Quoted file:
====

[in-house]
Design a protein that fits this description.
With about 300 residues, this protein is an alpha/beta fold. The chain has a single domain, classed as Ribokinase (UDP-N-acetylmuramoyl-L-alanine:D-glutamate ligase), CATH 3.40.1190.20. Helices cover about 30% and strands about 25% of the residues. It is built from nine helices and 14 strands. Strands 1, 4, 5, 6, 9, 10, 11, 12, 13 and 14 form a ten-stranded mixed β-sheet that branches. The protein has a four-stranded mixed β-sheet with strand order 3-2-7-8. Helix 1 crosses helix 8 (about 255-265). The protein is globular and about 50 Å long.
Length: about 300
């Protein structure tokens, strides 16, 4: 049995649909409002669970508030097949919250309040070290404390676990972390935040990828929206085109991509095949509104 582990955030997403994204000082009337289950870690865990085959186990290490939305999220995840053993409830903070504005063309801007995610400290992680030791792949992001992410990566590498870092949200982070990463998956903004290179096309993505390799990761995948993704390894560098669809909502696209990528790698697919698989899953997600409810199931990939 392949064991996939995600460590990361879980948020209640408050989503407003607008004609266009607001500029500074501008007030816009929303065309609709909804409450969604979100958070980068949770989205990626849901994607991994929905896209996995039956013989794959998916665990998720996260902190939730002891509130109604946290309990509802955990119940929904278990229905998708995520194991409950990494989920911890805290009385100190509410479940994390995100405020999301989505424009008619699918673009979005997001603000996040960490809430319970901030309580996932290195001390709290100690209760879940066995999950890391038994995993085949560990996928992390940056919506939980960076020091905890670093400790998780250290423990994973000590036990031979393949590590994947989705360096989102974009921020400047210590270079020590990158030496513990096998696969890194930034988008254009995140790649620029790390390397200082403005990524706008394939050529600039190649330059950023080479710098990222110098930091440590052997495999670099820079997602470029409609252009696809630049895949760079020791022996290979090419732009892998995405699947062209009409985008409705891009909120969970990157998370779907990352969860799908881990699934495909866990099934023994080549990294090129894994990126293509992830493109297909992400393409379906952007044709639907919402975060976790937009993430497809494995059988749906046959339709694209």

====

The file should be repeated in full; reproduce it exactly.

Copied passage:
[in-house]
Design a protein that fits this description.
With about 300 residues, this protein is an alpha/beta fold. The chain has a single domain, classed as Ribokinase (UDP-N-acetylmuramoyl-L-alanine:D-glutamate ligase), CATH 3.40.1190.20. Helices cover about 30% and strands about 25% of the residues. It is built from nine helices and 14 strands. Strands 1, 4, 5, 6, 9, 10, 11, 12, 13 and 14 form a ten-stranded mixed β-sheet that branches. The protein has a four-stranded mixed β-sheet with strand order 3-2-7-8. Helix 1 crosses helix 8 (about 255-265). The protein is globular and about 50 Å long.
Length: about 300
């Protein structure tokens, strides 16, 4: 049995649909409002669970508030097949919250309040070290404390676990972390935040990828929206085109991509095949509104 582990955030997403994204000082009337289950870690865990085959186990290490939305999220995840053993409830903070504005063309801007995610400290992680030791792949992001992410990566590498870092949200982070990463998956903004290179096309993505390799990761995948993704390894560098669809909502696209990528790698697919698989899953997600409810199931990939 392949064991996939995600460590990361879980948020209640408050989503407003607008004609266009607001500029500074501008007030816009929303065309609709909804409450969604979100958070980068949770989205990626849901994607991994929905896209996995039956013989794959998916665990998720996260902190939730002891509130109604946290309990509802955990119940929904278990229905998708995520194991409950990494989920911890805290009385100190509410479940994390995100405020999301989505424009008619699918673009979005997001603000996040960490809430319970901030309580996932290195001390709290100690209760879940066995999950890391038994995993085949560990996928992390940056919506939980960076020091905890670093400790998780250290423990994973000590036990031979393949590590994947989705360096989102974009921020400047210590270079020590990158030496513990096998696969890194930034988008254009995140790649620029790390390397200082403005990524706008394939050529600039190649330059950023080479710098990222110098930091440590052997495999670099820079997602470029409609252009696809630049895949760079020791022996290979090419732009892998995405699947062209009409985008409705891009909120969970990157998370779907990352969860799908881990699934495909866990099934023994080549990294090129894994990126293509992830493109297909992400393409379906952007044709639907919402975060976790937009993430497809494995059988749906046959339709694209």